It’s easier to talk about the arts: everyone knows what music or poetry is. Humanists are trained in analysis and interpretation; they are not trained in aesthetic production. Sometimes it’s harder to be concrete in talking about philosophy or literary criticism. But what philosophers and literary critics do is just as essential as what musicians or poets do: they enable us to interpret the world around us and to posit a better one (1).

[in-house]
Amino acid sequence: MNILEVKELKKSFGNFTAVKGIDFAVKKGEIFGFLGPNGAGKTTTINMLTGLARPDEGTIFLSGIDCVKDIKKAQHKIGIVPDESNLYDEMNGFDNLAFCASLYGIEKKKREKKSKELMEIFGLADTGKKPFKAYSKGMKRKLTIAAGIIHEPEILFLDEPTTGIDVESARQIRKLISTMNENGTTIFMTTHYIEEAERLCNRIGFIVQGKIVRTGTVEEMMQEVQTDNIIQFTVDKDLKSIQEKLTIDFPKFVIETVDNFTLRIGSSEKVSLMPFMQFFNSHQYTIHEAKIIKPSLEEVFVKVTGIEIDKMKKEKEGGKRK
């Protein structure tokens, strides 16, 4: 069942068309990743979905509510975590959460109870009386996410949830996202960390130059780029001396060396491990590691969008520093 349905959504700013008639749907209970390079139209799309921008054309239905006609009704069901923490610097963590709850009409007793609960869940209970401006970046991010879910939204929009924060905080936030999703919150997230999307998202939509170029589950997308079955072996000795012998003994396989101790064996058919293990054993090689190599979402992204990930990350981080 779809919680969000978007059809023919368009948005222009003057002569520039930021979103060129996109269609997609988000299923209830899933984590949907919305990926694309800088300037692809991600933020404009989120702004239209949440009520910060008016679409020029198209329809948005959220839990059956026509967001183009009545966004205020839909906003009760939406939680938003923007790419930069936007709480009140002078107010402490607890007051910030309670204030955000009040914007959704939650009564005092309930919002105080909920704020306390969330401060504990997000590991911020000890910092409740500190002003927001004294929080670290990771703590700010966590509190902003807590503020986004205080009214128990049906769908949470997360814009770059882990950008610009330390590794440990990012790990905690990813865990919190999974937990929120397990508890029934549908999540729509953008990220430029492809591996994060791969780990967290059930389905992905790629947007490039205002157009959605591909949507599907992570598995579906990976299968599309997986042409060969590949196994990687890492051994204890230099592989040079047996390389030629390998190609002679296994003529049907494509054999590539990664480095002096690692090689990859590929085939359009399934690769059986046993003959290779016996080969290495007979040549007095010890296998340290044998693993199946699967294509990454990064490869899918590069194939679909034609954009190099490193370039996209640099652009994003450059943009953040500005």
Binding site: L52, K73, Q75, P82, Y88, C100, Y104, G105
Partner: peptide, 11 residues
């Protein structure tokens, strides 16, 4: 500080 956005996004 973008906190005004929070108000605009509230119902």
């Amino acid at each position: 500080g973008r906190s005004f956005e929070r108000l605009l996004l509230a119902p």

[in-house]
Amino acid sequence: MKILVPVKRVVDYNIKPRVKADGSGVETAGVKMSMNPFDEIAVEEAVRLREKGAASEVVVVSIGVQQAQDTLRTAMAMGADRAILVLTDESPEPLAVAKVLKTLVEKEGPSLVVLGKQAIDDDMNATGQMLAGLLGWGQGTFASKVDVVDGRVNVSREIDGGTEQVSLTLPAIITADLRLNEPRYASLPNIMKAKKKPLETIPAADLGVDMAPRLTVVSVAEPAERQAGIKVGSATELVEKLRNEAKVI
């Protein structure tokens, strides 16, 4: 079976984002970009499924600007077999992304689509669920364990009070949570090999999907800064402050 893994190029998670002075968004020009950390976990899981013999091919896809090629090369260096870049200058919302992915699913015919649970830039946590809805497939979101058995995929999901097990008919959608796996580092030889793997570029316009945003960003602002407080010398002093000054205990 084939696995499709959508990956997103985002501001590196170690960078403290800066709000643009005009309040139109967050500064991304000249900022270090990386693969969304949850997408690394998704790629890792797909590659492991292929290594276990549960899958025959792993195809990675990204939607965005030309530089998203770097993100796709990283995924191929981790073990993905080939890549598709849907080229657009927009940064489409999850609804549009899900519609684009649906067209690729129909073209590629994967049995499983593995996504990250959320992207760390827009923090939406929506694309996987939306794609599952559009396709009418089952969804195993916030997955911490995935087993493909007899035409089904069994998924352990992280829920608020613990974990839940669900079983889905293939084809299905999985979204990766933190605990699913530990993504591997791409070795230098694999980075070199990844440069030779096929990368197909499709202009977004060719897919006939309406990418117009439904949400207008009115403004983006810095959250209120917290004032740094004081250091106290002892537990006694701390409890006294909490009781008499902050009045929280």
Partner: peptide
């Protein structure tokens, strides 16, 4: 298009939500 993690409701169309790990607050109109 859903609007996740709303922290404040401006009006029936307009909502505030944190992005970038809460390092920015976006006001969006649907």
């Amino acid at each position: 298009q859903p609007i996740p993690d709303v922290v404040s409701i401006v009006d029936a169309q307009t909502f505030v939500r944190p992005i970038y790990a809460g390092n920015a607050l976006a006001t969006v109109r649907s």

It struck me that many poets (concretely) bring analysis and interpretation into the aesthetic realm, (concretely) enabling us to interpret the world around us. My most recent monograph Contested Records: The Turn to Documents in Contemporary North American Poetry (U of Iowa P, 2020) is about a type of poetry that performs this cultural labor, which I call “documental poetry,” “a mode of writing that participates within an economy of documentality and monumentality in its use of prior records” (30). (For an excellent account of undocumentality, see John-Michael Rivera’s UNDOCUMENTS (U of Arizona P, 2021).) As a teacher of both poetry writing and poetry studies, I’d like to qualify Krebs: everyone thinks they know what music or poetry is, which is both an advantage and disadvantage. A great deal of my book is about poems that tend to fall outside the domain of the familiar (first-person, voice-driven lyricism). Here are a pair of paragraphs from my “Afterword”: